Saudi Arabia—on with the lid
The kingdom will experience austerity and social reform, and clamp down on corruption and dissent
Crown prince Mohammed bin Salman's ascension to the throne, a possibility in 2018, will be seamless as far as Saudi Arabia's policies go because he's already the person setting all the agendas, including those relating to oil and Opec. But the year will see the future king stamp his personality on the monarchy still further, adopting more the style of an energetic president than a Gulf monarch, stripping away the cumbersome policy-making traditions that made Saudi Arabia a byword for caution and indecision.
Mohammed bin Salman's style makes the Saudi leadership less accountable than in the past—and less predictable. But it gives him the flexibility to adapt to changing circumstances when necessary, as happened when he decided in 2017 to reverse the cuts to civil servants' pay. It also gives him room to take decisions that in the past would have had little chance of receiving consensual support within the ruling family. For example, the decision in September 2017 to allow women to drive was bound to divide Saudi society. But Mohammed bin Salman calculated that it was more important to win over women and young people than bow to the wishes of conservative elements within the religious establishment.
Crown prince Mohammed has promised a social revolution, so further changes are likely in 2018. Public cinemas and other places of entertainment for young people will get the go-ahead. There are sound economic as well as social reasons for this. During a meeting with a foreign dignitary, the crown prince lamented the revenue the kingdom was losing by Saudis being forced to travel to Bahrain or Dubai for leisure breaks. Women's rights will also be expanded during the year, with more workplace opportunities and a relaxing of male guardianship laws. That said, to sink a beer or two, the causeway to Bahrain will still be a much-used route.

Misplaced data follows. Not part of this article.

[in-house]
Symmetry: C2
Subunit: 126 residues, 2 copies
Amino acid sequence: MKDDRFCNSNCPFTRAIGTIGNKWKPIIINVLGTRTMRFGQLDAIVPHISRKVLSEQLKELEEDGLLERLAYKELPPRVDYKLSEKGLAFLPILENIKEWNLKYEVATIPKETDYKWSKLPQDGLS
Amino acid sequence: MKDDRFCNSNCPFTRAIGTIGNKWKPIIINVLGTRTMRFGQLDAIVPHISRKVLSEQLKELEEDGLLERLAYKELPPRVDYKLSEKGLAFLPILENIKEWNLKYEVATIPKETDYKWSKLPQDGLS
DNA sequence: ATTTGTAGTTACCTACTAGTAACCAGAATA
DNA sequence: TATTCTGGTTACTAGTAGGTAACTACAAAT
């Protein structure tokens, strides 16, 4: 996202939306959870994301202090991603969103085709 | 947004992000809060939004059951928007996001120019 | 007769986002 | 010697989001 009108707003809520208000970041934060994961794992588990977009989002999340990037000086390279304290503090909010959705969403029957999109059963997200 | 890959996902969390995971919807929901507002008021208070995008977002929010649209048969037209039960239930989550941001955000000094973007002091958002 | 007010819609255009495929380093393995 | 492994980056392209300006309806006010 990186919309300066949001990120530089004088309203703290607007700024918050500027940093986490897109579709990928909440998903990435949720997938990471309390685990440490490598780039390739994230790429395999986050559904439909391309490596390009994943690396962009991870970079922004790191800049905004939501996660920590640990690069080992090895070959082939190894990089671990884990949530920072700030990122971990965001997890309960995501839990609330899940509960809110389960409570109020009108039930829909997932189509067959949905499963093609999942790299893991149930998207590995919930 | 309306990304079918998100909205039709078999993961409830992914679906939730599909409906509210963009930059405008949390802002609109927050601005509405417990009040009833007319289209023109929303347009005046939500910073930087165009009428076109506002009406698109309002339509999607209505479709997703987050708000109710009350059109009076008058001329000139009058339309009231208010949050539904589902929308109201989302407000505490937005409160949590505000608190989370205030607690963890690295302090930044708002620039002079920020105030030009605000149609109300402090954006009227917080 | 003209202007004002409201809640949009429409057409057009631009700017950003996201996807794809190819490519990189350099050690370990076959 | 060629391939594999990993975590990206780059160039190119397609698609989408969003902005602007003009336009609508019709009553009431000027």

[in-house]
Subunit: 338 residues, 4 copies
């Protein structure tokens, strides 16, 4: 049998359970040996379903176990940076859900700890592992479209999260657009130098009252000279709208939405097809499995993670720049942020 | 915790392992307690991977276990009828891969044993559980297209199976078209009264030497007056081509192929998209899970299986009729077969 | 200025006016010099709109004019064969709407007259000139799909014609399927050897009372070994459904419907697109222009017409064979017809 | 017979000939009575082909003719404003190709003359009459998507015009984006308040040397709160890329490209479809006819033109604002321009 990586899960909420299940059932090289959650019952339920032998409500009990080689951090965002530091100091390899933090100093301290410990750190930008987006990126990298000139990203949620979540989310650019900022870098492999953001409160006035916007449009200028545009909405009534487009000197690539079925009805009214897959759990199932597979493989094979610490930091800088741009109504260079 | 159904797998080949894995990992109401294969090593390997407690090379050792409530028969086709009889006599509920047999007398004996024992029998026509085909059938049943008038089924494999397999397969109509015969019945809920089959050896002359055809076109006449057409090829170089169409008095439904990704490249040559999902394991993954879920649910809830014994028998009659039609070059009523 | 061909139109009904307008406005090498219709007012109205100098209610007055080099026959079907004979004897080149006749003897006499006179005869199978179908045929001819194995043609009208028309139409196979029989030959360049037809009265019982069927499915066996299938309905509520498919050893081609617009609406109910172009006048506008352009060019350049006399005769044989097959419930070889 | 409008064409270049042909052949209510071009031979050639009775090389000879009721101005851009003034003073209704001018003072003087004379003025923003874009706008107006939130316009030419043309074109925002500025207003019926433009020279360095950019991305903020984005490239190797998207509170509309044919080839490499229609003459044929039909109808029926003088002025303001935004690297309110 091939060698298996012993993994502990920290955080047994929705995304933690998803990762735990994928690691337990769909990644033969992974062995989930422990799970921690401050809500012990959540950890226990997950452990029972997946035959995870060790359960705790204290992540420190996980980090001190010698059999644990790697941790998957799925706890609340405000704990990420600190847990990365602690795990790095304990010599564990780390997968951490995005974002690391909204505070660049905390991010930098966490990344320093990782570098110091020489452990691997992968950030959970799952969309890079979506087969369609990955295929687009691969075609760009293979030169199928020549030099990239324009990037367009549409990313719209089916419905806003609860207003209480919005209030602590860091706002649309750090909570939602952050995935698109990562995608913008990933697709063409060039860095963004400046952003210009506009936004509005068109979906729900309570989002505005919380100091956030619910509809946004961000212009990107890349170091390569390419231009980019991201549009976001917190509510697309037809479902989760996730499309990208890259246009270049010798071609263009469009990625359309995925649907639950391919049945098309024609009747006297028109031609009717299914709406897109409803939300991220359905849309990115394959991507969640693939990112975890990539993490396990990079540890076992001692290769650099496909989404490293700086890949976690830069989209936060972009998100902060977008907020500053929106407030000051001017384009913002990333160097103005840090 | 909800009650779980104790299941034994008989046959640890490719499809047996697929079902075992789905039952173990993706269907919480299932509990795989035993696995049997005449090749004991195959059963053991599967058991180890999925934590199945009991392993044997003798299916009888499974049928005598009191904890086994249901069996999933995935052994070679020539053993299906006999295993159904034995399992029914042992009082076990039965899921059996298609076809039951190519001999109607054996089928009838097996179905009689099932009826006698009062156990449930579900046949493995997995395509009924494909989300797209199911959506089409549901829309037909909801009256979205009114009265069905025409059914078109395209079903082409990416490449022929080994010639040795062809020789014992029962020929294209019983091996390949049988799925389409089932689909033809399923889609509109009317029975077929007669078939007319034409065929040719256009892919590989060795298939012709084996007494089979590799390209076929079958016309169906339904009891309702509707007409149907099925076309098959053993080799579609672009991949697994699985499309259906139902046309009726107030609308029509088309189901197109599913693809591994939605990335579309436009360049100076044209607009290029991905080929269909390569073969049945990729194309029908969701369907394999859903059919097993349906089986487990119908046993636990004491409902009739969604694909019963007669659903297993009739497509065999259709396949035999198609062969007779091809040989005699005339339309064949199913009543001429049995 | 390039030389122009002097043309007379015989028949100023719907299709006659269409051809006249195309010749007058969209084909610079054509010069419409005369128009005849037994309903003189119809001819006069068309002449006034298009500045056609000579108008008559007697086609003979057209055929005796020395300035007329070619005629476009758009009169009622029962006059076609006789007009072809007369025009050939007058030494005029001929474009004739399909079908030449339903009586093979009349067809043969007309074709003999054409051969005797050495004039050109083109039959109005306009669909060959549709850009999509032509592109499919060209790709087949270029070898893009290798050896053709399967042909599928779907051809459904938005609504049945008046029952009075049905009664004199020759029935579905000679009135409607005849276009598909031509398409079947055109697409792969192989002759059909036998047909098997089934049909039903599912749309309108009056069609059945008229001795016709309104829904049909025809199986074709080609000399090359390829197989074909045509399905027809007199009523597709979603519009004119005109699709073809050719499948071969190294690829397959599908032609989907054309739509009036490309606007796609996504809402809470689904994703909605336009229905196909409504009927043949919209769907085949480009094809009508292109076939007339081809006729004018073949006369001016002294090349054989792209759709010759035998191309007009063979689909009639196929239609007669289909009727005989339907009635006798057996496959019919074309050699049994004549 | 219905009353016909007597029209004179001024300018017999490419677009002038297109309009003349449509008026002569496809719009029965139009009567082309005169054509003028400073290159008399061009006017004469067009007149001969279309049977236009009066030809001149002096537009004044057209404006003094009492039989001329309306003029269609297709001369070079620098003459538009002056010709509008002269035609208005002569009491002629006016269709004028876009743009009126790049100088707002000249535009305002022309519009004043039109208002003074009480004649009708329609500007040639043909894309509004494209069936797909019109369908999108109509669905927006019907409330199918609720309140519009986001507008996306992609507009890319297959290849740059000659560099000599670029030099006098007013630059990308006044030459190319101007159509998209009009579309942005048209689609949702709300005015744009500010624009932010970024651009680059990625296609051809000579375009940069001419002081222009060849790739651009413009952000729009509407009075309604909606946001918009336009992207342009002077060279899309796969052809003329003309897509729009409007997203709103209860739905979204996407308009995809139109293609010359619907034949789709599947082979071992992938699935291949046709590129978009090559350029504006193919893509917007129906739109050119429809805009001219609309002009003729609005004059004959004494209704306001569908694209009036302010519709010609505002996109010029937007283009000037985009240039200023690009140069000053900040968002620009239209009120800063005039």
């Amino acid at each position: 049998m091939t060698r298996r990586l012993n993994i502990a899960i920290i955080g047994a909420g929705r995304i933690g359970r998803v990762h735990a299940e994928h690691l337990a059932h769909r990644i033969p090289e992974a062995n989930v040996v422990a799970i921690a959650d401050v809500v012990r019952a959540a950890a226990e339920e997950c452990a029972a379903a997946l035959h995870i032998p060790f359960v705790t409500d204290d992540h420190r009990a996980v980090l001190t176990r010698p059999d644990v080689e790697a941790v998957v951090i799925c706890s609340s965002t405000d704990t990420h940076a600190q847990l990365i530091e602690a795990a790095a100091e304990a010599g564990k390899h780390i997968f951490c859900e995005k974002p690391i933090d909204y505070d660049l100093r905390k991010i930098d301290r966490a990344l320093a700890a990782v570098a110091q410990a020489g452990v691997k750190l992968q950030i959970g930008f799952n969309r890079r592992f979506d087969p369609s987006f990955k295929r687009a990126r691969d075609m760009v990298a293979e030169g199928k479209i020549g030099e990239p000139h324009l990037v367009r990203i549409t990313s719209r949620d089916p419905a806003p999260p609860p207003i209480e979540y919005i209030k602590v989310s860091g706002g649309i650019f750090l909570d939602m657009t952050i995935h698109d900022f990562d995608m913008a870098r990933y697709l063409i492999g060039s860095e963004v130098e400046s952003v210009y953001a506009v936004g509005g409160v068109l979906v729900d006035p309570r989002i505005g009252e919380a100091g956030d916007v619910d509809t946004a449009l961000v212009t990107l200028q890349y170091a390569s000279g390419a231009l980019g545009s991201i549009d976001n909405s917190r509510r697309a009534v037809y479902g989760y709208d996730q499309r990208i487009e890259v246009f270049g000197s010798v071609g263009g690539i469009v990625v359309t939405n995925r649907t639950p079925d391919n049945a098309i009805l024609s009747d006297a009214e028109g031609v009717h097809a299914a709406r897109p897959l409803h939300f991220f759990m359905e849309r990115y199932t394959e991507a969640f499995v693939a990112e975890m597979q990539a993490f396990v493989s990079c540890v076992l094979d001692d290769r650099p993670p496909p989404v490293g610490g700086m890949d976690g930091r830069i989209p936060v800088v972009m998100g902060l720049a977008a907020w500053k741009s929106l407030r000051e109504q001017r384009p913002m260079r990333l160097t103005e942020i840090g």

The crown prince has also promised an economic revolution, tied up with his Vision 2030 and National Transformation Programme 2020. Before 2017 is up, he'll be asking heads of economic and planning departments why many targets set for 2020 look unlikely to be met. He'll focus on two main areas: housing and jobs. There's a chronic shortage of both. New and more realistic targets will be announced.
He's made hundreds of enemies, but won praise from the younger generation
Revitalising the economy will also be a priority. The IMF reported GDP growth in 2017 of just 0.1%, while the non-oil sector, going forward, is expected to grow by a modest 0.6%. The dividend from reforms is unlikely to be seen much before 2020 and foreign currency reserves will keep shrinking. Austerity, in the form of greater indirect taxation and reduced subsidies, will be unpopular. Explaining the need for belt-tightening will be an important mission for the government in 2018 if protests are to be avoided.
While the key aim of Vision 2030 is to wean Saudi Arabia off oil dependence, the energy sector will continue to dominate the economy in the immediate future. A major step towards moving away from oil will be the planned initial public offering (IPO) of 5% of Saudi Aramco, with the amount raised put into the Public Investment Fund. That's if the IPO goes ahead: 2018 might see, instead, the sale switch from a public share issue to a private sale. Some economists doubt that the valuation of Aramco will match the $2 trillion suggested by prince Mohammed in 2016. They also doubt that preparations for the IPO, including the assessment of Aramco records and choice of locations for the sale, will be completed in 2018. So the best estimate is that if it is to be an IPO, it will go ahead in early 2019—by which time, the Saudi leadership is hoping, global oil prices will be higher, thus boosting Aramco's value. If a private sale is the choice, Aramco won't be short of suitors—Chinese and other—in 2018.